2274                            }
2275                            # Denote we have this relation available for future fields.
2276                            $fromNames{$mappedRelationName} = 1;
2277                        }
2278                        # Form an SQL field reference from the relation name and the field name.
2279                        my $sqlReference = "$mappedRelationName." . _FixName($fieldName);
2280                        # Put it into the filter string in place of the old value.
2281                        substr($filterString, $pos, $len) = $sqlReference;
2282                        # Reposition the search.
2283                        pos $filterString = $pos + length $sqlReference;
2284                    }
2285                }
2286            }
2287            # The next step is to join the objects together. We only need to do this if there
2288            # is more than one object in the object list. We start with the first object and
2289            # run through the objects after it. Note also that we make a safety copy of the
2290            # list before running through it.
2291            my @mappedObjectList = @mappedNameList;
2292            my $lastMappedObject = shift @mappedObjectList;
2293            # Get the join table.
2294            my $joinTable = $self->{_metaData}->{Joins};
2295            # Loop through the object list.
2296            for my $thisMappedObject (@mappedObjectList) {
2297                # Look for a join using the real object names.
2298                my $lastObject = $mappedNameHash{$lastMappedObject};
2299                my $thisObject = $mappedNameHash{$thisMappedObject};
2300                my $joinKey = "$lastObject/$thisObject";
2301                if (!exists $joinTable->{$joinKey}) {
2302                    # Here there's no join, so we throw an error.
2303                    Confess("No join exists to connect from $lastMappedObject to $thisMappedObject.");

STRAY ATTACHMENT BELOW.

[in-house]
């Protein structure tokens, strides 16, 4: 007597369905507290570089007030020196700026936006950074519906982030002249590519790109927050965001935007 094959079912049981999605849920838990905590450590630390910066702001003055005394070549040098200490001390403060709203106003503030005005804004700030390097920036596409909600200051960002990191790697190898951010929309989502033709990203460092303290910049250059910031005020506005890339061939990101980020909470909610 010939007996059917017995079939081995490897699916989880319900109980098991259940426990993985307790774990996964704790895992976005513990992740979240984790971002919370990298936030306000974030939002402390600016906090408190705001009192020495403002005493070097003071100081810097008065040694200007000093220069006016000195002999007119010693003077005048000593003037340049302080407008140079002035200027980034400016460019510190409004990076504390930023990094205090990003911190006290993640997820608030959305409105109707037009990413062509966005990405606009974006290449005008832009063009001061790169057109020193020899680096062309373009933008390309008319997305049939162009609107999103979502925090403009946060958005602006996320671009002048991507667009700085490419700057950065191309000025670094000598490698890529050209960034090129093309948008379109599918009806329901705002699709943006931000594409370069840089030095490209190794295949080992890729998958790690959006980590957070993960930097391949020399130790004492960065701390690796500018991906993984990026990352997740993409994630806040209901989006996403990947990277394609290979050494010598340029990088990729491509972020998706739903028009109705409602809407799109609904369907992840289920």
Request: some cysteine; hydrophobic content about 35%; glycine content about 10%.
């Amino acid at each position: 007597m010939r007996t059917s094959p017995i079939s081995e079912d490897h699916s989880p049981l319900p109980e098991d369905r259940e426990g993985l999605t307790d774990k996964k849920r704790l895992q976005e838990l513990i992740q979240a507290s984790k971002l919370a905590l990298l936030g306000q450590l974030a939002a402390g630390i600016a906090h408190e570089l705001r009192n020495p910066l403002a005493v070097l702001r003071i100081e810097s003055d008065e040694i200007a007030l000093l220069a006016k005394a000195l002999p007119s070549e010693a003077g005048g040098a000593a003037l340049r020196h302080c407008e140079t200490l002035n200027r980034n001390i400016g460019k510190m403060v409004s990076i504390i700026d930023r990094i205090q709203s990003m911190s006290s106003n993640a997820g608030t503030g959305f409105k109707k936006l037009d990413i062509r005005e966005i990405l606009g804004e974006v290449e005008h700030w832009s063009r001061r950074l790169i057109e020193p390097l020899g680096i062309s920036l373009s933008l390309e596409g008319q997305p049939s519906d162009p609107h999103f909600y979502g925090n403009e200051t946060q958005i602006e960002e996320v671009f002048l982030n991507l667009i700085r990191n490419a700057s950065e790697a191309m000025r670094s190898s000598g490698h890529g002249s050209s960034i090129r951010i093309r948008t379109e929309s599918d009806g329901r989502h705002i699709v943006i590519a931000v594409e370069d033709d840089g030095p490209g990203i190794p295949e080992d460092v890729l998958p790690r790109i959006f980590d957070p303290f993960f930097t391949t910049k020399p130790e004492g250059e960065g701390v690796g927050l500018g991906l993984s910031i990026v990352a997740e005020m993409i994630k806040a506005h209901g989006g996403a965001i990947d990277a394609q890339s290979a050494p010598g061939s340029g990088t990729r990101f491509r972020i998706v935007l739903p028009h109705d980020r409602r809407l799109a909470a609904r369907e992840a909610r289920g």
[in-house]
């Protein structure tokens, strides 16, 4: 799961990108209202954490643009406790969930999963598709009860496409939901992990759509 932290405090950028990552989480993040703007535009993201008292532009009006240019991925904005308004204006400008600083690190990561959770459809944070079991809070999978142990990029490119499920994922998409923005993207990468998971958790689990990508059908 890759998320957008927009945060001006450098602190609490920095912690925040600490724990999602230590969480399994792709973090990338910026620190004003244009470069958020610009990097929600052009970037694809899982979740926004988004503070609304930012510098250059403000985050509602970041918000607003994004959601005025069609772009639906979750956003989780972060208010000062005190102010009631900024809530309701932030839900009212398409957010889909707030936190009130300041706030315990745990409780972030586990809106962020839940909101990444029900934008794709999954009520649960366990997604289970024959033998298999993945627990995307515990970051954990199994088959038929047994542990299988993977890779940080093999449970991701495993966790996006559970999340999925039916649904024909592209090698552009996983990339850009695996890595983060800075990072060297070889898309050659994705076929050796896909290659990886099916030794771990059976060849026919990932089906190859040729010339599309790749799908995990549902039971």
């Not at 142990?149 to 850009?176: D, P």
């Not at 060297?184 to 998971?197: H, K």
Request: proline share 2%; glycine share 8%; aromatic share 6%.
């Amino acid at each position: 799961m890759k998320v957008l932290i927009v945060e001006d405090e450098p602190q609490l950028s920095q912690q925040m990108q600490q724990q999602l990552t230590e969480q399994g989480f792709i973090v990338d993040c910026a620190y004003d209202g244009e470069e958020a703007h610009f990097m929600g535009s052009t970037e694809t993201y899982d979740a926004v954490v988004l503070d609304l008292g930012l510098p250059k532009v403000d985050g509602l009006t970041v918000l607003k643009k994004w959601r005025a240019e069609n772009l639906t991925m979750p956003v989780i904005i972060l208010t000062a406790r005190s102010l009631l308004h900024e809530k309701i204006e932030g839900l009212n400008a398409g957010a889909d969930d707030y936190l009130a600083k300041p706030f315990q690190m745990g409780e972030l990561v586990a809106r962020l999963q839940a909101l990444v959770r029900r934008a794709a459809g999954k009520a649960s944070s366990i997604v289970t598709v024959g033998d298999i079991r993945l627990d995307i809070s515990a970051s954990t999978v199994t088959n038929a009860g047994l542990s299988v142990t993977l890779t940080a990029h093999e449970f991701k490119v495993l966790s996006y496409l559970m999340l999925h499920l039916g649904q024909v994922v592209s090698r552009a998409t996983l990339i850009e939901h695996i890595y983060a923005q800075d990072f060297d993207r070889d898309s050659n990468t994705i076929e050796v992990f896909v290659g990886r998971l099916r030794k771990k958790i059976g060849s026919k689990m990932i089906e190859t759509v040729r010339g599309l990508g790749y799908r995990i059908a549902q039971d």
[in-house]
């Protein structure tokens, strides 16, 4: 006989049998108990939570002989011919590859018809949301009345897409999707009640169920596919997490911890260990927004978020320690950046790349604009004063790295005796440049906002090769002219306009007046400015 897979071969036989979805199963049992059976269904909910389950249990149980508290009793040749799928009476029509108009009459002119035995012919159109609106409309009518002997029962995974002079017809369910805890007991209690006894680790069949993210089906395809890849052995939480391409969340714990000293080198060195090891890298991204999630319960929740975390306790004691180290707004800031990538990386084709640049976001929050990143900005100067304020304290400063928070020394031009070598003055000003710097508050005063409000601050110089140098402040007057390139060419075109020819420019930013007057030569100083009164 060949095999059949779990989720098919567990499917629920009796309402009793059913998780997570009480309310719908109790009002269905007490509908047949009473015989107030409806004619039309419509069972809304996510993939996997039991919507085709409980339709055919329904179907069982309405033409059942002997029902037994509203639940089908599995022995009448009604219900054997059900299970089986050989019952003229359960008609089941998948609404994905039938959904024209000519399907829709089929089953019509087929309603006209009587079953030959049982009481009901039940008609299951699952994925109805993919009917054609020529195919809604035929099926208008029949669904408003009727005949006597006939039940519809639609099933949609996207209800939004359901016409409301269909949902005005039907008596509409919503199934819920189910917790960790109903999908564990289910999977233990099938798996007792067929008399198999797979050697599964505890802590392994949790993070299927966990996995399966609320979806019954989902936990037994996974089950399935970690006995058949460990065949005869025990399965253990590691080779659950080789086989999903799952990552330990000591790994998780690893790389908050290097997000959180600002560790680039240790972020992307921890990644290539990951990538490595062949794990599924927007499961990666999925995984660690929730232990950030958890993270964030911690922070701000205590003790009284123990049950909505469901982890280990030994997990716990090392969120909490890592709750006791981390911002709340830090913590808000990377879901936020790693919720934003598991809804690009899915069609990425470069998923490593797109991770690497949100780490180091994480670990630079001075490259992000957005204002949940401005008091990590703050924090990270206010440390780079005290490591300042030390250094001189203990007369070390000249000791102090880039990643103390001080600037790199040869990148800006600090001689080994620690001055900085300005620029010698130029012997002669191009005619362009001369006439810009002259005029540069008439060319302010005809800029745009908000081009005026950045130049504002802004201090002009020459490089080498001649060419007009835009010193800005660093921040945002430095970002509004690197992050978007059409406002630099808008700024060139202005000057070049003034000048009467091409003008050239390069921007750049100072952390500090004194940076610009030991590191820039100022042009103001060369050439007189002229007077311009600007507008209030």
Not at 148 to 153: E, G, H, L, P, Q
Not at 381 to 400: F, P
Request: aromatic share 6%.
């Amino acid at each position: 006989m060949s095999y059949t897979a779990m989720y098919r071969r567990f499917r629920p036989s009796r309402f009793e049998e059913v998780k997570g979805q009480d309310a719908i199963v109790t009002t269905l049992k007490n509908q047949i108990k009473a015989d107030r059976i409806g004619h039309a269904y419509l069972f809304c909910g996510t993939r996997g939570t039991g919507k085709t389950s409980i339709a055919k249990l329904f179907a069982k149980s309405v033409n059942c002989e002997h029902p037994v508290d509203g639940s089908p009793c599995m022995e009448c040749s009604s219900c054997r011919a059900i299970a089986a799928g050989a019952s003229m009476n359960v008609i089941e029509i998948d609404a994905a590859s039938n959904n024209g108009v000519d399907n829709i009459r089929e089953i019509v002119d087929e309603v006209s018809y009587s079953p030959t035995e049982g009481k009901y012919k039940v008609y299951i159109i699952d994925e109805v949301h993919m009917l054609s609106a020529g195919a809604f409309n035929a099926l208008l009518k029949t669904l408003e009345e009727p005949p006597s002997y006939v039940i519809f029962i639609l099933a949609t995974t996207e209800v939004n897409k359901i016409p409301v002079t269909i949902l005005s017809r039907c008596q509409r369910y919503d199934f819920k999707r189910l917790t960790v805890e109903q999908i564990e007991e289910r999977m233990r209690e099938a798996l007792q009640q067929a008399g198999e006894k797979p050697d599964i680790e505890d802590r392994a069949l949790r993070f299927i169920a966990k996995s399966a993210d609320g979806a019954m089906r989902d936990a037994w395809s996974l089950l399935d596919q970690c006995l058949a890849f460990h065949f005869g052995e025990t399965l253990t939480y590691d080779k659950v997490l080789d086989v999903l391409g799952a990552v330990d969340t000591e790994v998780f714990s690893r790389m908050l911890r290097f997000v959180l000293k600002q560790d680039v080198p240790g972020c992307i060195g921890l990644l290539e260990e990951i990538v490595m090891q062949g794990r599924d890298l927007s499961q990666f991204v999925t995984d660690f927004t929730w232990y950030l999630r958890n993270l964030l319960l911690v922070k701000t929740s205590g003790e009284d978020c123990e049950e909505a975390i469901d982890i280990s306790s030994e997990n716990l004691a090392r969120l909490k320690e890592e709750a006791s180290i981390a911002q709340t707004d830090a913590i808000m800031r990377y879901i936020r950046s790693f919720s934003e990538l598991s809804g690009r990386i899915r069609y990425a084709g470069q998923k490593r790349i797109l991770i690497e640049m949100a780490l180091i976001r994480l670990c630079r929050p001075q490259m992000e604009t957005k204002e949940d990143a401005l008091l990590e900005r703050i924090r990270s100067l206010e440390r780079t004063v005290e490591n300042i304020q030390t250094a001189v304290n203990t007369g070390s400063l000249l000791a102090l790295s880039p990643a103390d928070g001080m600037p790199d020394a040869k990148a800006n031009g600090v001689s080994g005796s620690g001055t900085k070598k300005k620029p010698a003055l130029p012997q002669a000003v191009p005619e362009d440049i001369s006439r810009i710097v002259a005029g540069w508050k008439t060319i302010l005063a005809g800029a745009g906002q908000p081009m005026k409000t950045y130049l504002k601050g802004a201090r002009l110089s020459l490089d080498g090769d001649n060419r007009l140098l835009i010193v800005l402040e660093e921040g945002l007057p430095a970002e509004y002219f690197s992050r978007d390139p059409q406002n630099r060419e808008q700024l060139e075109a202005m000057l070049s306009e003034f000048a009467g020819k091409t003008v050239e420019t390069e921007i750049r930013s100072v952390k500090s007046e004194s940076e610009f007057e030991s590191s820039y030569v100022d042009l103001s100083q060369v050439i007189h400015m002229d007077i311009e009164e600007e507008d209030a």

2304                } else {
2305                    # Get the join clause.
2306                    my $unMappedJoin = $joinTable->{$joinKey};
2307                    # Fix the names.
2308                    $unMappedJoin =~ s/$lastObject/$lastMappedObject/;
2309                    $unMappedJoin =~ s/$thisObject/$thisMappedObject/;
2310                    push @joinWhere, $unMappedJoin;
2311                    # Save this object as the last object for the next iteration.
2312                    $lastMappedObject = $thisMappedObject;
2313                }
2314            }
2315            # Now we need to handle the whole ORDER BY / LIMIT thing. The important part
2316            # here is we want the filter clause to be empty if there's no WHERE filter.
2317            # We'll put the ORDER BY / LIMIT clauses in the following variable.
2318            my $orderClause = "";
2319            # Locate the ORDER BY or LIMIT verbs (if any). We use a non-greedy
2320            # operator so that we find the first occurrence of either verb.
2321            if ($filterString =~ m/^(.*?)\s*(ORDER BY|LIMIT)/g) {
2322                # Here we have an ORDER BY or LIMIT verb. Split it off of the filter string.
2323                my $pos = pos $filterString;
2324                $orderClause = $2 . substr($filterString, $pos);
2325                $filterString = $1;
2326            }
2327            # Add the filter and the join clauses (if any) to the SELECT command.
2328            if ($filterString) {
2329                Trace("Filter string is \"$filterString\".") if T(4);
2330                push @joinWhere, "($filterString)";
2331            }
2332            if (@joinWhere) {
2333                $suffix .= " WHERE " . join(' AND ', @joinWhere);
2334            }
2335            # Add the sort or limit clause (if any) to the SELECT command.
2336            if ($orderClause) {
2337                $suffix .= " $orderClause";
2338            }
2339        }
2340        # Return the suffix, the mapped name list, and the mapped name hash.
2341        return ($suffix, \@mappedNameList, \%mappedNameHash);
2342    }
2343    
2344    =head3 GetStatementHandle
2345    
2346    This method will prepare and execute an SQL query, returning the statement handle.